Data dispatch #2: the most important climate concept you’ve never heard about
Heat is dead, long live humidity
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Last summer was one of the hottest on record. In France, for instance, tens of millions of people suffered under a late-August heat wave reaching up to 42 degrees Celsius or 108 Fahrenheit (Le Monde). People living in the “urban heat island” of Paris were more at risk of dying from heat than those in any other European capital (France24).
This raises the question how much heat is too much for us. Can Parisians deal with 43 degrees? What about 44?
When I visited Las Vegas in 2017 and felt fine in 45° Celsius (113°F), I concluded there must be no limit. But a new study, published in the journal PNAS last week, shows that that was naïve of me.
The desert of Vegas sees mostly “dry heat”—high temperatures combined with low humidity—in which the human body can easily cool down by sweating. If the air is wetter, your sweat has nowhere to go and you start to overheat at much lower absolute temperatures.
Scientists have captured this heat-humidity interaction in a quantity known as wet-bulb temperature. If you cover a thermometer in a damp cloth and swing it around to create air flow, it will mimic wet skin and indicate what temperature it feels like for us sweaty humans. (This is the “feels like” temperature reported on U.S. weather channels.) Wet-bulb temperature is much lower than absolute temperature in dry conditions, but in high humidity the difference between the two disappears.
Scientists have long thought that if the wet-bulb temperature is at most 35° Celsius—just under our core body temperature of 37°—we can survive. But according to the new PNAS study, the true “critical wet-bulb temperature” for human survival actually depends on a bunch of factors, including your age and activity level. Even for young, healthy, slothful humans, the wet-bulb temp we can stomach is closer to 31° Celcius or even less.
This has huge implications for estimating what parts of the world will remain livable as climate change marches on. The researchers drew on the most advanced climate model from the World Climate Research Programme. They found that even with just 1.5 degrees Celsius global temperature increase relative to pre-industrial levels—the optimistic goal from the Paris climate agreement—several densely populated swaths of the world will exceed the manageable wet-bulb temperature limit for multiple weeks each year. Areas of Eastern China, the Indus river valley, the Middle East, and sub-Saharan Africa will be hardest hit.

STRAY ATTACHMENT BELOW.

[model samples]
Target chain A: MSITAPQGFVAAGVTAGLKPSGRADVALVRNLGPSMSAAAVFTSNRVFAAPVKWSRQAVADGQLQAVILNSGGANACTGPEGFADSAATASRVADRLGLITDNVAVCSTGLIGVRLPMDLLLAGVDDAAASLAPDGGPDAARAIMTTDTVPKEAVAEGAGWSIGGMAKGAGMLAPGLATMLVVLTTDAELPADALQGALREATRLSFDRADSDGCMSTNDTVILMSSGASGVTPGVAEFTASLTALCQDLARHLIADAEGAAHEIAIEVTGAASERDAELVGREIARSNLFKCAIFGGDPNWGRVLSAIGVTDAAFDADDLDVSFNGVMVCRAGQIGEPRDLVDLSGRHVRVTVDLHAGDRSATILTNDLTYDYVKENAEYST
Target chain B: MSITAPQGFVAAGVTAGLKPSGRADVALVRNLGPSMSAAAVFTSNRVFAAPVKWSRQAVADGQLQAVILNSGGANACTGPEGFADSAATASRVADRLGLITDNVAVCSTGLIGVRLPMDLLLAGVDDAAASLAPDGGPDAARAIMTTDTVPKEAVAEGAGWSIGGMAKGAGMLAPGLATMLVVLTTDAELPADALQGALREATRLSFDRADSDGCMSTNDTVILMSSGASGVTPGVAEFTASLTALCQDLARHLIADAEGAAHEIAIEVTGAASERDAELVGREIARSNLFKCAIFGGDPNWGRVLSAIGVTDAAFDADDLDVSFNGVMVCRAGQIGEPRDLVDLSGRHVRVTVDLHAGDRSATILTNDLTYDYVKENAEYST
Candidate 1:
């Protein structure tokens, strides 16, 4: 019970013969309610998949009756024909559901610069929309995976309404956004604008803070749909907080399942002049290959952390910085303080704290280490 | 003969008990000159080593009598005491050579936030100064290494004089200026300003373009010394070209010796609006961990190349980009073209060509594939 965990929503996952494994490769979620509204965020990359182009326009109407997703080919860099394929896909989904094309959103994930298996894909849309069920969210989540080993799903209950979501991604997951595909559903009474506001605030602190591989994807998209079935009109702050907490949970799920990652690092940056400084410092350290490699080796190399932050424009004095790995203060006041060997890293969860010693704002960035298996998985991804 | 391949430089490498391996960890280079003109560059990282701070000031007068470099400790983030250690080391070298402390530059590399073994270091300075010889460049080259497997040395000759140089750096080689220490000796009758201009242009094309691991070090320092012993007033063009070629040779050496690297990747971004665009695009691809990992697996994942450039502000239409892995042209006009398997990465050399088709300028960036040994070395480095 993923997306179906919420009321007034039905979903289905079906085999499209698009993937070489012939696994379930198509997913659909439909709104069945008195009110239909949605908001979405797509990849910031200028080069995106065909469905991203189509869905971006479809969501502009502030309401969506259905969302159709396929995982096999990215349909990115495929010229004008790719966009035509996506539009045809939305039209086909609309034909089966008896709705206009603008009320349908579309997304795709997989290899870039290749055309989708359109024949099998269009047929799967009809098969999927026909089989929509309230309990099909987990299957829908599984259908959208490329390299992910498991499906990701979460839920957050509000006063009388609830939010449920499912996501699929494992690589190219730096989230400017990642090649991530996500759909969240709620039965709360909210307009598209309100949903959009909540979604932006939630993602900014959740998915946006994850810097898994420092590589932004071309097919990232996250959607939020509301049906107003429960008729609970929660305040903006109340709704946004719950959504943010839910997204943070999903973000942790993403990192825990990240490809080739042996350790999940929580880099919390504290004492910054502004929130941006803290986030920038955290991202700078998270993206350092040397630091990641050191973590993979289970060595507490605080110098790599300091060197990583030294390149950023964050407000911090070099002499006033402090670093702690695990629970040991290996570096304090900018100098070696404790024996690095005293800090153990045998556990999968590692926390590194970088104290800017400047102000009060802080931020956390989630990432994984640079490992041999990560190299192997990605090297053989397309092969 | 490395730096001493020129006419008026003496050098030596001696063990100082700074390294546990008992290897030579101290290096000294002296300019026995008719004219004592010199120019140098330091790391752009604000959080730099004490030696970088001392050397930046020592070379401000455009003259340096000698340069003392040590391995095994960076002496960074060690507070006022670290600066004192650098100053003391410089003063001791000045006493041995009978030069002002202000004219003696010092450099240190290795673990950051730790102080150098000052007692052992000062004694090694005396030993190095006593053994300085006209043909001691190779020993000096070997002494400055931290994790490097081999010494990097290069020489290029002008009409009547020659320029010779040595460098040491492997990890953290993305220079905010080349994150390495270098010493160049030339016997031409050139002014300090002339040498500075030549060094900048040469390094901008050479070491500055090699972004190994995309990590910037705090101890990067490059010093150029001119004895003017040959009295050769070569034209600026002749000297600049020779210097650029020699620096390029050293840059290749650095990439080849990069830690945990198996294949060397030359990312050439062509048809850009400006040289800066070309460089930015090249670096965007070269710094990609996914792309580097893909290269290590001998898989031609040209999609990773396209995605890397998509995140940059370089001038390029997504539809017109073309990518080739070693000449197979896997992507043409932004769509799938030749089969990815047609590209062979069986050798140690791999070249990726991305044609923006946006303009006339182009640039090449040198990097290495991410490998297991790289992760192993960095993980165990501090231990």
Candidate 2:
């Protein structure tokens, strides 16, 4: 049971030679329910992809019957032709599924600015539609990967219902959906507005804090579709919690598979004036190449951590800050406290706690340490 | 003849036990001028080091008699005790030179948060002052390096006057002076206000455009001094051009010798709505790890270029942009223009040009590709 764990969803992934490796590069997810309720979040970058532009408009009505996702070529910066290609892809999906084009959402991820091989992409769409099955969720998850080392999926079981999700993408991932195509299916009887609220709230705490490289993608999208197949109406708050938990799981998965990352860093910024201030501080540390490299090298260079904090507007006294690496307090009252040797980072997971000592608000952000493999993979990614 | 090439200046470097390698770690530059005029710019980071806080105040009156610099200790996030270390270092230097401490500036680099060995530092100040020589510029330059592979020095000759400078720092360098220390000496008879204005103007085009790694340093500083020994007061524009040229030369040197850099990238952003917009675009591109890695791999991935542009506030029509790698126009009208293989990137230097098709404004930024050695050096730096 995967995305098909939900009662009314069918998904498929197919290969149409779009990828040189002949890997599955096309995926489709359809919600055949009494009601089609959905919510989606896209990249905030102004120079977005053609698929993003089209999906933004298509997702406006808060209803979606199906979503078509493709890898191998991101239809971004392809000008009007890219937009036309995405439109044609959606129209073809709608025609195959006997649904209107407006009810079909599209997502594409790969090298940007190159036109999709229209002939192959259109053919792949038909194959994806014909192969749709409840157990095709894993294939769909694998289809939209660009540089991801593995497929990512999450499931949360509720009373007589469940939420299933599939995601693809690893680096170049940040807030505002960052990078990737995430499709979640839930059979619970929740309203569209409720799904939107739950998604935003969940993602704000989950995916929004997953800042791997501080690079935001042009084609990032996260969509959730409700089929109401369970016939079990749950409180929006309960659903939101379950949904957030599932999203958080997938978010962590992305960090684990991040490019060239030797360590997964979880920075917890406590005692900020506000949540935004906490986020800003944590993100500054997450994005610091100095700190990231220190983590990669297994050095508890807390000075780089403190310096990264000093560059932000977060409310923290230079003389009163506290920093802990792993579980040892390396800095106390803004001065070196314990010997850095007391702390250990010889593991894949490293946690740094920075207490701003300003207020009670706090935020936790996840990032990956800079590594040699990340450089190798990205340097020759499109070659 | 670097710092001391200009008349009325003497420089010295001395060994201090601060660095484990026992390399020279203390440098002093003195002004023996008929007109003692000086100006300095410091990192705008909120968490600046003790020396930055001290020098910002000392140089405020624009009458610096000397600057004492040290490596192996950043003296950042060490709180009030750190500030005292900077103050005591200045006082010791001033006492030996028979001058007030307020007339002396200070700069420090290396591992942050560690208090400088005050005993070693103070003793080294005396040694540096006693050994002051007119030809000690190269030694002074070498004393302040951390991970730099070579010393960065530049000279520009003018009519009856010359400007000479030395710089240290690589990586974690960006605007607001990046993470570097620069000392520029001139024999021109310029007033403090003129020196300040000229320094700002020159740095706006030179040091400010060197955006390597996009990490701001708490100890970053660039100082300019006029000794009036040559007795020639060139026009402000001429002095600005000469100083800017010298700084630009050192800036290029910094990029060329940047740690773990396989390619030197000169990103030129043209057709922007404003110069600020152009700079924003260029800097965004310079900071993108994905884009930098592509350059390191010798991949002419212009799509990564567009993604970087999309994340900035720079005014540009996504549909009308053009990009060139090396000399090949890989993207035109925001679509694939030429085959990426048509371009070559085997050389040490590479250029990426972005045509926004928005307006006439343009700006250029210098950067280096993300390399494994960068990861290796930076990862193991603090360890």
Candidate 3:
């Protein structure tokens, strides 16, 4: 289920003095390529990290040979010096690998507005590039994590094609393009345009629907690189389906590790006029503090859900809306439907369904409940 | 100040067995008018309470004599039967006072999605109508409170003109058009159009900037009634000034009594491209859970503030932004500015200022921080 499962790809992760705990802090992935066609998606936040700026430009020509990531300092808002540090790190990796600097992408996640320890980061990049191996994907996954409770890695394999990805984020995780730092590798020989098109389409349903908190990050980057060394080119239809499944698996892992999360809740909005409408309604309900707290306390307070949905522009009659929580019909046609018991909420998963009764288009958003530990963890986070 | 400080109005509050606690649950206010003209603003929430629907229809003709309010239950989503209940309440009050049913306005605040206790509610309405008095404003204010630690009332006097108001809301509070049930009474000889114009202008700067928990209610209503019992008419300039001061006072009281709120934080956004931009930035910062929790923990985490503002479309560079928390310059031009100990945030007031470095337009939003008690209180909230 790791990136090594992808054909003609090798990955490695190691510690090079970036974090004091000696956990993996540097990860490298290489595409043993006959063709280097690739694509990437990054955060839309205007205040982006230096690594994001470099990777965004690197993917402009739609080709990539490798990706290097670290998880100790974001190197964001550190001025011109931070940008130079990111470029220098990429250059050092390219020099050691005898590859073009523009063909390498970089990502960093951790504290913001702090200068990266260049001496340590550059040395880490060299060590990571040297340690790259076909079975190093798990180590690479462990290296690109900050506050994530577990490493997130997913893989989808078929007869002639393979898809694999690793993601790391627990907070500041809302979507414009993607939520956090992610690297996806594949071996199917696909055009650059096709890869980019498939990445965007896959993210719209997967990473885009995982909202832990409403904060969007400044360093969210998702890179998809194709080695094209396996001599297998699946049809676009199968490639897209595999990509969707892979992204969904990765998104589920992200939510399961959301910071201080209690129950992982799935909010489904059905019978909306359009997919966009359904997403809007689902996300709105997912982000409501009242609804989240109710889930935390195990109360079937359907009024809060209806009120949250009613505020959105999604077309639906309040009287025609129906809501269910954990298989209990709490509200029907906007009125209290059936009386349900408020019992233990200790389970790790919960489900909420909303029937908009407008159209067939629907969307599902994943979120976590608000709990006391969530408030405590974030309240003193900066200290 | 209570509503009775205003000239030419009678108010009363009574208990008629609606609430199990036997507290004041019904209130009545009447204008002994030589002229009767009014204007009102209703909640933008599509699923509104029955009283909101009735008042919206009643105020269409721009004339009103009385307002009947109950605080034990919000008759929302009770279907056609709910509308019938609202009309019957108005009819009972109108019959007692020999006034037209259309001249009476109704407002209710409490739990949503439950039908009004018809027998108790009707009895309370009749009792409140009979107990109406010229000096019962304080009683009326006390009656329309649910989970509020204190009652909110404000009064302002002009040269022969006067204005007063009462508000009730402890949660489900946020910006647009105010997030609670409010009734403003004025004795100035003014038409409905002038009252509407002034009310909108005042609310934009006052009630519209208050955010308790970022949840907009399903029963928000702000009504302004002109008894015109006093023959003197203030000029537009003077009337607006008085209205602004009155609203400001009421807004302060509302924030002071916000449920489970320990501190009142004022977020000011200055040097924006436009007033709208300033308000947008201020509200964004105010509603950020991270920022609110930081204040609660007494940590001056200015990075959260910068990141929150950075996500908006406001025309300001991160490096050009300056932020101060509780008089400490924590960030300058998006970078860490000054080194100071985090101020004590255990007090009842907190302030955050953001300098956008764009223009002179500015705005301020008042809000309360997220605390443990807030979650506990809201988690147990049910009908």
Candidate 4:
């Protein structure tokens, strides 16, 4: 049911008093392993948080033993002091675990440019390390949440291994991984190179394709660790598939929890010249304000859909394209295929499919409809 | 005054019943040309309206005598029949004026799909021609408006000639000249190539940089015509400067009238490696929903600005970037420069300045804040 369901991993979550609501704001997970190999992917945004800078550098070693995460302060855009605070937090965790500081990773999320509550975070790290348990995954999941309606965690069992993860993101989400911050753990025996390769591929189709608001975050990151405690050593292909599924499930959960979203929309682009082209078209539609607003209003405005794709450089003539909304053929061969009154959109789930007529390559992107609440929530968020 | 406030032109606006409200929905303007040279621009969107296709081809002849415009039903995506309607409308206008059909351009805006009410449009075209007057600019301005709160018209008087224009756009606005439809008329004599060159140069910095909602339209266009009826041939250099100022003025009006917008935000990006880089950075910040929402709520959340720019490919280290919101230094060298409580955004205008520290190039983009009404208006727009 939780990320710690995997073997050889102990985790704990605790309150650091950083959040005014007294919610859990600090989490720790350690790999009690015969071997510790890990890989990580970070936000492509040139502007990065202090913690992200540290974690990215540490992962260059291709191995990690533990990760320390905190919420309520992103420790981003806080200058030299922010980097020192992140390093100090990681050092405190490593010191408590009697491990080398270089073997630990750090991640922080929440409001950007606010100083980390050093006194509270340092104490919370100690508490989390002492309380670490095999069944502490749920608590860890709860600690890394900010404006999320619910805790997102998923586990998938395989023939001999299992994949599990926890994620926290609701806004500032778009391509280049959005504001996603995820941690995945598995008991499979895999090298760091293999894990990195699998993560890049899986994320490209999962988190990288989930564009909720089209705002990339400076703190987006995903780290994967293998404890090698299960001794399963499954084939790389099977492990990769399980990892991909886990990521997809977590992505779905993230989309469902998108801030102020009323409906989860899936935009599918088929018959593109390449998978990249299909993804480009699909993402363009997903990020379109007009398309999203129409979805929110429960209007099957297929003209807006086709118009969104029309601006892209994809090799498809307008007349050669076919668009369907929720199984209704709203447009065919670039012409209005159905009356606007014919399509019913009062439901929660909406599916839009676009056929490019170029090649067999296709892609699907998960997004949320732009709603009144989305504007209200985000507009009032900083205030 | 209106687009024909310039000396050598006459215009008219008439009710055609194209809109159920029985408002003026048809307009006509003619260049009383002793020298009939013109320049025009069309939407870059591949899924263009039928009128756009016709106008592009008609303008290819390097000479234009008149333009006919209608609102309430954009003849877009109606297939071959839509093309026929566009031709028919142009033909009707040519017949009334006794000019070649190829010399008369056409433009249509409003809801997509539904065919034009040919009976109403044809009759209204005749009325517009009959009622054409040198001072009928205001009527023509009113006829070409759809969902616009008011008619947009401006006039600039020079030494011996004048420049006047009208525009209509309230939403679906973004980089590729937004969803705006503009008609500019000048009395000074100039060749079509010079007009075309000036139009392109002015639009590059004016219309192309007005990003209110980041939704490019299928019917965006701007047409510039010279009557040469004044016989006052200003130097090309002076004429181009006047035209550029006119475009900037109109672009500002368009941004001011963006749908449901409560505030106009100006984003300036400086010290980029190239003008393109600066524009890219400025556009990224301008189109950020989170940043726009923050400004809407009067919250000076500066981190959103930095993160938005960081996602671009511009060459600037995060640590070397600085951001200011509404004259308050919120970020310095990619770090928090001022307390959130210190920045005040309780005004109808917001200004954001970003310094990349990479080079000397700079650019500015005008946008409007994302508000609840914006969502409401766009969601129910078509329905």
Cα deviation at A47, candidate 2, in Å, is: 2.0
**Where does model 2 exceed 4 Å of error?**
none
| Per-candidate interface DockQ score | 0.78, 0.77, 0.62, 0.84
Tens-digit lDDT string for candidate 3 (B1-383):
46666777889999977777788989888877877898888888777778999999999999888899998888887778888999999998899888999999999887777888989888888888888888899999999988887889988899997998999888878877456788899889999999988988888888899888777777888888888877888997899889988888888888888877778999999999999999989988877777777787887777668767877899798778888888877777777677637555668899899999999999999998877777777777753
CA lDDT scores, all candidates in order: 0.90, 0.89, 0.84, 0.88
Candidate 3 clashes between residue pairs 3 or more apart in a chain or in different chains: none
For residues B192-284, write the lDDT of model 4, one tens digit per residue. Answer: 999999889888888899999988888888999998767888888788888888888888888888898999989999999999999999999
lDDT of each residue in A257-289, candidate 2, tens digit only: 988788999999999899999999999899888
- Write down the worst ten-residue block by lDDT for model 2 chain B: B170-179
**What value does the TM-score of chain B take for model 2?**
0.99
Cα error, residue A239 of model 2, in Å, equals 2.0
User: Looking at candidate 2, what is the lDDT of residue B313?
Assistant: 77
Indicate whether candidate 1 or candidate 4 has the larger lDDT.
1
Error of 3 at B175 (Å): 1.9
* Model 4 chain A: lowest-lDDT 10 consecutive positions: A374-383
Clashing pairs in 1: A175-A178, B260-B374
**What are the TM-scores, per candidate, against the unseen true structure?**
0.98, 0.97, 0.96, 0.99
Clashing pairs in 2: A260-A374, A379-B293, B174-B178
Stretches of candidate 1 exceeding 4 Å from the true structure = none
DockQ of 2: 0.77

See the image below for the outcomes in four different climate scenarios: 1.5°, 2°, 3°, and 4° of warming. And in inspecting the picture, consider that we’ve already reached 1° of global warming.
I always thought sea level rise was going to be the biggest driver of climate-mediated migration. But this report shows that heat itself, when combined with humidity, is enough to push hundreds of millions of people away from their homes.
The worst wet-bulb temperature increases occur in some of the most densely populated regions of the world. Coastlines and rivers give rise to life—but also to humidity.
In reporting on climate change, absolute temperature is out and feels-like temperature is in. (Tell your friends to put their thermometer in a wet sock.)
Next week: More on what we need to adapt to climate change.